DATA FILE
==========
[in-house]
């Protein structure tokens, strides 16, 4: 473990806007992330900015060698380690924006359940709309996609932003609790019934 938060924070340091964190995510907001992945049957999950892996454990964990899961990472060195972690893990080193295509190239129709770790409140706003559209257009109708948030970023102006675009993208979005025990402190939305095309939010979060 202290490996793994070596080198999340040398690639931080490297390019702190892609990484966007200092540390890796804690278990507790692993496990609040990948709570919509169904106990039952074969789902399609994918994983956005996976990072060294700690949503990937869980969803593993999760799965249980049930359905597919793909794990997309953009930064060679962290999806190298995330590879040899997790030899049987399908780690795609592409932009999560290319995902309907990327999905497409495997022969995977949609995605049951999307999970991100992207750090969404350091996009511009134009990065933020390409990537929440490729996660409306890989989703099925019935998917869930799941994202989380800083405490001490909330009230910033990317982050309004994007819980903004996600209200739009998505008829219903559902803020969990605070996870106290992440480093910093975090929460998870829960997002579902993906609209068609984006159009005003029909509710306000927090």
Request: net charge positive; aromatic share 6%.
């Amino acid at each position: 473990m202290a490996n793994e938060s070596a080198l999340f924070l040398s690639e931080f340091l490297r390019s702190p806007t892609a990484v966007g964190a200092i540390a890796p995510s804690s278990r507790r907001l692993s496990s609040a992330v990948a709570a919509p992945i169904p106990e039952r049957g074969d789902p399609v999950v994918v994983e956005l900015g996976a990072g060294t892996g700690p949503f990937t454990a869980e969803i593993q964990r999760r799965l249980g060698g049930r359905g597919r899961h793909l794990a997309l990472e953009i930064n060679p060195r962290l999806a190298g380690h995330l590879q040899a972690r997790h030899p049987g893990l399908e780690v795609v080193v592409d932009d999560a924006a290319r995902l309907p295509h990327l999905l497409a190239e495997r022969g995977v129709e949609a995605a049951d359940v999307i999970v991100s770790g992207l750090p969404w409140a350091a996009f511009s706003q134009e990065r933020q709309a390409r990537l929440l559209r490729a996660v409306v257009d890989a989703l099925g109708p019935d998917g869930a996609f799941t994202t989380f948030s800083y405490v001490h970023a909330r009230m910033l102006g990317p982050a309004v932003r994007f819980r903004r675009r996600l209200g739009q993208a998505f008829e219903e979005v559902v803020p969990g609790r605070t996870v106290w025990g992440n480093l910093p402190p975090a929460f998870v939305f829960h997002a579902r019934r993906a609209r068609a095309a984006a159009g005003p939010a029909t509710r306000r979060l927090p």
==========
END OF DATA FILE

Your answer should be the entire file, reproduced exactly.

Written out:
[in-house]
């Protein structure tokens, strides 16, 4: 473990806007992330900015060698380690924006359940709309996609932003609790019934 938060924070340091964190995510907001992945049957999950892996454990964990899961990472060195972690893990080193295509190239129709770790409140706003559209257009109708948030970023102006675009993208979005025990402190939305095309939010979060 202290490996793994070596080198999340040398690639931080490297390019702190892609990484966007200092540390890796804690278990507790692993496990609040990948709570919509169904106990039952074969789902399609994918994983956005996976990072060294700690949503990937869980969803593993999760799965249980049930359905597919793909794990997309953009930064060679962290999806190298995330590879040899997790030899049987399908780690795609592409932009999560290319995902309907990327999905497409495997022969995977949609995605049951999307999970991100992207750090969404350091996009511009134009990065933020390409990537929440490729996660409306890989989703099925019935998917869930799941994202989380800083405490001490909330009230910033990317982050309004994007819980903004996600209200739009998505008829219903559902803020969990605070996870106290992440480093910093975090929460998870829960997002579902993906609209068609984006159009005003029909509710306000927090």
Request: net charge positive; aromatic share 6%.
């Amino acid at each position: 473990m202290a490996n793994e938060s070596a080198l999340f924070l040398s690639e931080f340091l490297r390019s702190p806007t892609a990484v966007g964190a200092i540390a890796p995510s804690s278990r507790r907001l692993s496990s609040a992330v990948a709570a919509p992945i169904p106990e039952r049957g074969d789902p399609v999950v994918v994983e956005l900015g996976a990072g060294t892996g700690p949503f990937t454990a869980e969803i593993q964990r999760r799965l249980g060698g049930r359905g597919r899961h793909l794990a997309l990472e953009i930064n060679p060195r962290l999806a190298g380690h995330l590879q040899a972690r997790h030899p049987g893990l399908e780690v795609v080193v592409d932009d999560a924006a290319r995902l309907p295509h990327l999905l497409a190239e495997r022969g995977v129709e949609a995605a049951d359940v999307i999970v991100s770790g992207l750090p969404w409140a350091a996009f511009s706003q134009e990065r933020q709309a390409r990537l929440l559209r490729a996660v409306v257009d890989a989703l099925g109708p019935d998917g869930a996609f799941t994202t989380f948030s800083y405490v001490h970023a909330r009230m910033l102006g990317p982050a309004v932003r994007f819980r903004r675009r996600l209200g739009q993208a998505f008829e219903e979005v559902v803020p969990g609790r605070t996870v106290w025990g992440n480093l910093p402190p975090a929460f998870v939305f829960h997002a579902r019934r993906a609209r068609a095309a984006a159009g005003p939010a029909t509710r306000r979060l927090p």